Contents page analysis


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Contents page analysis

  1. 1. Contents Page Analysis Ava Patel
  2. 2. The design of this contents page is busy and all over the place. This makes Kerrang seem as though it is bursting with substance. The majority of the typography is bold, sharp and jagged. This typography was chosen as it represents the rebellious, defiant standard of living that this magazine idolises. Also, black, white and yellow have been used respectively in order to make this page easier to navigate. The reader can easily see the choice of articles. The editor’s letter helps give a comfortable, informal mode of address. She writes with a colloquial manner which proves that she is trying to form a bond with the reader. Thus, the reader feels relaxed whilst reading the magazine and so to re-establish this feeling, they will buy the magazine again. The main image is positioned on the top half of the page which ensures that it is the first thing the reader sees. It is a picture of Ollie Sykes (lead singer of the band Bring Me The Horizon). This image will attract fans of the band to Kerrang as Bring Me The Horizon are very popular and have a wide fan base. Also, the mise-en-scene of the image insinuates that the photo was taken at a gig. This gives the reader a sense of community as rock concerts are where they all come together to enjoy their favourite music. There is also the idea that in order to be a part of the rock culture you must go to gigs as that is the social norm for people who take pleasure in this type of music. The Bring Me The Horizon Banner covers the photo of the lead singer which helps recognise who he is and where he will appear in the magazine. The contents have been split up into sections. There is a news section which shows immediately where the readers can find up to date news regarding the rock industry. There is also a feedback section which shows uses and gratifications. Kerrang has made the reader feel like they are a part of the magazine by letting them submit reviews which are published.
  3. 3. The typography is quite plain and bold. The article titles are simple written in a list with a short description underneath each one telling the reader what to expect from the magazine. The page numbers are written in a different colour compared to the rest of the text as they then stand out to the reader. The biggest piece of text on the page is 01’05. This displays the issue number and year which is unusual as this kind of information is normally positioned on the front cover of the magazine. This is a very simple, minimalistic contents page. It has only one main image which all the information centres around. Yet there is a lot more text and detail than normally expected. The main image is of Billie Joe from Green Day. He is a popular singer and well known by those who like and dislike his music. By having just him on the contents page Spin is depending a lot on just his fame to entice people to read this magazine.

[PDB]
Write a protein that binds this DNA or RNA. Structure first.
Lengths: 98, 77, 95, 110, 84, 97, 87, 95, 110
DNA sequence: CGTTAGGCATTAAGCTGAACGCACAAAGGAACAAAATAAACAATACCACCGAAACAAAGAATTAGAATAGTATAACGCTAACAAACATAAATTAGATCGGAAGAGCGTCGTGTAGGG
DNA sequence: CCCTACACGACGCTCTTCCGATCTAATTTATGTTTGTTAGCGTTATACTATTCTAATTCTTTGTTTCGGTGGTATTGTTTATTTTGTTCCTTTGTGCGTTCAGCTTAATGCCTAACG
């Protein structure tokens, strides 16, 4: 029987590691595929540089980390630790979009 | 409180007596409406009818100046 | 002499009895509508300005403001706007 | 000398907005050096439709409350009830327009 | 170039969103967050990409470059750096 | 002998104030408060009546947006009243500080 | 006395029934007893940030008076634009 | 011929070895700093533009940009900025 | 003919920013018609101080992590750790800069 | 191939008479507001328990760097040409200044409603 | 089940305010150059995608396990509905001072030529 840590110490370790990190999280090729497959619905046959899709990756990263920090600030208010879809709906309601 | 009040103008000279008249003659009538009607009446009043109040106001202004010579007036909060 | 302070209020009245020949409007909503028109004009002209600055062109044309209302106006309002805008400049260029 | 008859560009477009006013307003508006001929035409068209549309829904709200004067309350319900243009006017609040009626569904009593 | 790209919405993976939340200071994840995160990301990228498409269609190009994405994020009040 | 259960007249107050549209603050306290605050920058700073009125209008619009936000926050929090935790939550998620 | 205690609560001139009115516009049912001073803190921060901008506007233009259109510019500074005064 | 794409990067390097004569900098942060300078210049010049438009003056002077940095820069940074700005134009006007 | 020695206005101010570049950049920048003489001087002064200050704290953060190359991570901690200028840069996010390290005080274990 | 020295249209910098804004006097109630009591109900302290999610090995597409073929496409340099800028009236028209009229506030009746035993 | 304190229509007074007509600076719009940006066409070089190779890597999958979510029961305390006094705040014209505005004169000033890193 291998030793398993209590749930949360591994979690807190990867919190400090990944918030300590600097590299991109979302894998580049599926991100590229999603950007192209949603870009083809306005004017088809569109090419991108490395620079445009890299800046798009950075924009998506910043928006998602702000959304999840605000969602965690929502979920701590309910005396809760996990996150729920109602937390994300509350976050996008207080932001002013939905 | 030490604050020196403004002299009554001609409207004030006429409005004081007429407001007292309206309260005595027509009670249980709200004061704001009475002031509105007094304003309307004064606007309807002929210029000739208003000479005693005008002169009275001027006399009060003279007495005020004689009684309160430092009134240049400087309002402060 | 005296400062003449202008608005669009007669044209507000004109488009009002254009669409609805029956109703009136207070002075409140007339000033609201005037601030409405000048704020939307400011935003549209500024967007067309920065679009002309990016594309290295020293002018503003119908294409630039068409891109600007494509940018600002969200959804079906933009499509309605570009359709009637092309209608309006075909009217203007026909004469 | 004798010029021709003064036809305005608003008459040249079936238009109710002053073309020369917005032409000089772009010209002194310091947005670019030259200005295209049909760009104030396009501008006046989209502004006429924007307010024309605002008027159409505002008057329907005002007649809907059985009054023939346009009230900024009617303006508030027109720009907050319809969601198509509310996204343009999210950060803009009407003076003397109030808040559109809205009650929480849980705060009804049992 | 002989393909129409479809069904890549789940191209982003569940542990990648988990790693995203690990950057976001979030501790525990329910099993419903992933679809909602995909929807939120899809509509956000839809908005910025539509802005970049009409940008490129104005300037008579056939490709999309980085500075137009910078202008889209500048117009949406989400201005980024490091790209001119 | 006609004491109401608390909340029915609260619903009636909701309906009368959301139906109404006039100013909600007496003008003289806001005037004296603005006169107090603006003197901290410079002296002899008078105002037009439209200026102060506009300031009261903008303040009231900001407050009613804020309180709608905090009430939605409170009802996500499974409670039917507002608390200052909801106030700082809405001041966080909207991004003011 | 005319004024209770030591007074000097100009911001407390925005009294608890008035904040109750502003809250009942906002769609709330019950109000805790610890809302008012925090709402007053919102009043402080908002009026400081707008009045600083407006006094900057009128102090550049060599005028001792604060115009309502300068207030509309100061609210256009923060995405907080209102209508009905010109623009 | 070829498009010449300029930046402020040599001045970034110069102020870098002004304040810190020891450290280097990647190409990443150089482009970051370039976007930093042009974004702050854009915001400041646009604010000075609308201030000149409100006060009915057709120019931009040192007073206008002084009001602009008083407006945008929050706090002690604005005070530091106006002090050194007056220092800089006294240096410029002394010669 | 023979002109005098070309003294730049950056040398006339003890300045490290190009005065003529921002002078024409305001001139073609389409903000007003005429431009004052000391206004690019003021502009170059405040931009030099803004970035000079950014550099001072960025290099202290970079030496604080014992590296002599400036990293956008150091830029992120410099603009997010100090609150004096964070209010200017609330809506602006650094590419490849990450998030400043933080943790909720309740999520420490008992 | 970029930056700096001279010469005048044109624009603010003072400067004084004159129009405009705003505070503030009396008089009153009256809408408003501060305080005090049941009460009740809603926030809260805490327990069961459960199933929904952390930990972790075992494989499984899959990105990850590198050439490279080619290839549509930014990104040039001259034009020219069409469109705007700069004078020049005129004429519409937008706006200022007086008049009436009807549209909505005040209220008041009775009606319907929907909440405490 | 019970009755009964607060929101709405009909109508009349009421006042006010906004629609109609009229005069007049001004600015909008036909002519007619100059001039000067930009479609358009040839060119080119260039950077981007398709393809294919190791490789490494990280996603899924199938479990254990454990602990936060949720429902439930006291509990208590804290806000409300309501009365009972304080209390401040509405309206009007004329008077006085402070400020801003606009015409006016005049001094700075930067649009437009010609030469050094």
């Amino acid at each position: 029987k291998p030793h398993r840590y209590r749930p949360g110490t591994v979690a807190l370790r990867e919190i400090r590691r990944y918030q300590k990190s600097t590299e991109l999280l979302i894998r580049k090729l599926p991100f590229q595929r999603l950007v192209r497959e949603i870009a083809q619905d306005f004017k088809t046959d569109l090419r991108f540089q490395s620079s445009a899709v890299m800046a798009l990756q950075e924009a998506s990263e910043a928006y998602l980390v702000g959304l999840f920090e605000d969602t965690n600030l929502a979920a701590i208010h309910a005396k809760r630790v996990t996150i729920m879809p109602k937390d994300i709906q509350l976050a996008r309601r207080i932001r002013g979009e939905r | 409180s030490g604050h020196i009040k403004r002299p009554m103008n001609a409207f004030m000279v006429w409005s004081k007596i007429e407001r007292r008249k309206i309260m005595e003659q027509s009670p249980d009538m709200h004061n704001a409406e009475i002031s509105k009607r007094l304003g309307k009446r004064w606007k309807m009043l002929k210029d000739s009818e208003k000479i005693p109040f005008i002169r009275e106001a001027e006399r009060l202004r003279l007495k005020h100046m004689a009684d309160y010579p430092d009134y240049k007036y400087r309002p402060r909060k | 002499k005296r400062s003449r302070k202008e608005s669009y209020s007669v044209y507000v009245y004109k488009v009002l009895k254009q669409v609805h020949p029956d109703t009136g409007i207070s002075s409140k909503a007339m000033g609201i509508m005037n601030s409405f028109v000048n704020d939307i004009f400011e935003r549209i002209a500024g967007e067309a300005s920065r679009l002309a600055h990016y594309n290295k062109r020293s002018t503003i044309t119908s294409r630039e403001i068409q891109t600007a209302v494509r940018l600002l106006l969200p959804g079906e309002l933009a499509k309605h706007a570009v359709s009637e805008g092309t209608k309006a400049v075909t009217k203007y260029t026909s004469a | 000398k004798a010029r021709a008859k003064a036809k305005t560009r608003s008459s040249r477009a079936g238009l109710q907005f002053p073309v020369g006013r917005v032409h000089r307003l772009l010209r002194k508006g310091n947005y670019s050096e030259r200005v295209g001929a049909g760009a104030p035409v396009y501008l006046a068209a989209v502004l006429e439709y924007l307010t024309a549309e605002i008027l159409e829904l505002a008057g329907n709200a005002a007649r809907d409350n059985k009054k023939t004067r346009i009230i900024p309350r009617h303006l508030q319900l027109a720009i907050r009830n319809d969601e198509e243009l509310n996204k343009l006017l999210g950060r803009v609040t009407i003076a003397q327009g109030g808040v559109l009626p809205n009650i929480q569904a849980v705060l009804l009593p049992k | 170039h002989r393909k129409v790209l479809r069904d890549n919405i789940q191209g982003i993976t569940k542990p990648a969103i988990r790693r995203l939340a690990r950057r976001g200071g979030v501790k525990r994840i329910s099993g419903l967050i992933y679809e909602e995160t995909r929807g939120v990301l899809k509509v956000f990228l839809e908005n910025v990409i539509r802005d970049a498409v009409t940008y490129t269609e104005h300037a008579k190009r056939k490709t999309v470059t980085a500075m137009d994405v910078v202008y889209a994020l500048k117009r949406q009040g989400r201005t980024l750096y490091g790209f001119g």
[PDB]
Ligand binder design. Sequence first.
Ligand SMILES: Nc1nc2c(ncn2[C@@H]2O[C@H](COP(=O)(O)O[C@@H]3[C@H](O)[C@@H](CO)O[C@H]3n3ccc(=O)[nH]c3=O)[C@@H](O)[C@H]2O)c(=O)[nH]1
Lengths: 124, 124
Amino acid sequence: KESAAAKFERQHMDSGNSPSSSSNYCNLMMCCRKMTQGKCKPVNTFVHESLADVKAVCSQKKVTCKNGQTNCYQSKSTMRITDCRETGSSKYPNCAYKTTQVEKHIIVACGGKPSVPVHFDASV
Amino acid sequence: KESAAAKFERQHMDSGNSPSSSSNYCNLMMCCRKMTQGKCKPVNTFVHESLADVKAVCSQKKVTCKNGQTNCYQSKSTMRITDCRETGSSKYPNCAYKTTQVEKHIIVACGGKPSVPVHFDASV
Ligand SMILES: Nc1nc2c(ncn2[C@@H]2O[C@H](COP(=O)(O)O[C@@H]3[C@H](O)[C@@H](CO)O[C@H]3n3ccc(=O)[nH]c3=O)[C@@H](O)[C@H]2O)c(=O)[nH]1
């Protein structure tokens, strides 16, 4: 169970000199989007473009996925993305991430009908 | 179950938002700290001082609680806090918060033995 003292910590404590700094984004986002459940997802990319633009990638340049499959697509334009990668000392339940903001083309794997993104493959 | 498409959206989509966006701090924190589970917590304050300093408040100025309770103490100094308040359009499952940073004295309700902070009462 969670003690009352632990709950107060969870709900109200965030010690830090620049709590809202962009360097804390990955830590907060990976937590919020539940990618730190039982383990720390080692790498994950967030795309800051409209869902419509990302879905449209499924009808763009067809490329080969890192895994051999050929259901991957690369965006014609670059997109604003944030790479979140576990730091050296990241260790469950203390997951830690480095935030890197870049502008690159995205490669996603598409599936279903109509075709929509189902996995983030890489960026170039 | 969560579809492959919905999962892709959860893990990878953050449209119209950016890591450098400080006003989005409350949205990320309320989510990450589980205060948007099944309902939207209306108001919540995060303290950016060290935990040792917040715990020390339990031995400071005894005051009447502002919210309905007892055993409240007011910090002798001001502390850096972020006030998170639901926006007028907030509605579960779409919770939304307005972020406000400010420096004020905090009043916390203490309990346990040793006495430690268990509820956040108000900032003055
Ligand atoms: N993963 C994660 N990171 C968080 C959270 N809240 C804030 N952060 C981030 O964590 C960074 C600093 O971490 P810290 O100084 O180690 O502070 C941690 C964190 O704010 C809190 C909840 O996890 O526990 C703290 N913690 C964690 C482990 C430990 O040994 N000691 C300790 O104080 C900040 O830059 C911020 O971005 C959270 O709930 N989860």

4. 4. Rather than naming this page Contents, the NME has decided to go with the masthead ‘Inside This Week’. However, the readers still understand that this is the page where they can navigate the magazine from. This contents page from the NME is structured and well sectioned as opposed to contents pages from magazines such as Kerrang which have random pictures and pieces of text scattered haphazardly on the page. This shows that the NME readers are probably older and more mature. They seems more interested in substance rather than appearance. Also, the lack of colour shows that this is aimed at a more serious, grown-up demographic. The main image on this page is the band Kings Of Leon. The editor of this page thus presumed that they would be most read about out of the whole magazine. The other images are selected carefully as those who are just browsing this page will see an artist they like and thus buy the NME again to see if they can spot articles about their favourite musicians. Each picture has a page number anchored to it and there is also a small sub heading or quote to summarise each article. By having a subscription box, the NME are aligning with codes and conventions of a contents page. Also, due to the fact that this issue was produced around Christmas the offer needs to be more eye-catching than normal as buying a subscription for someone is a simple and easy gift.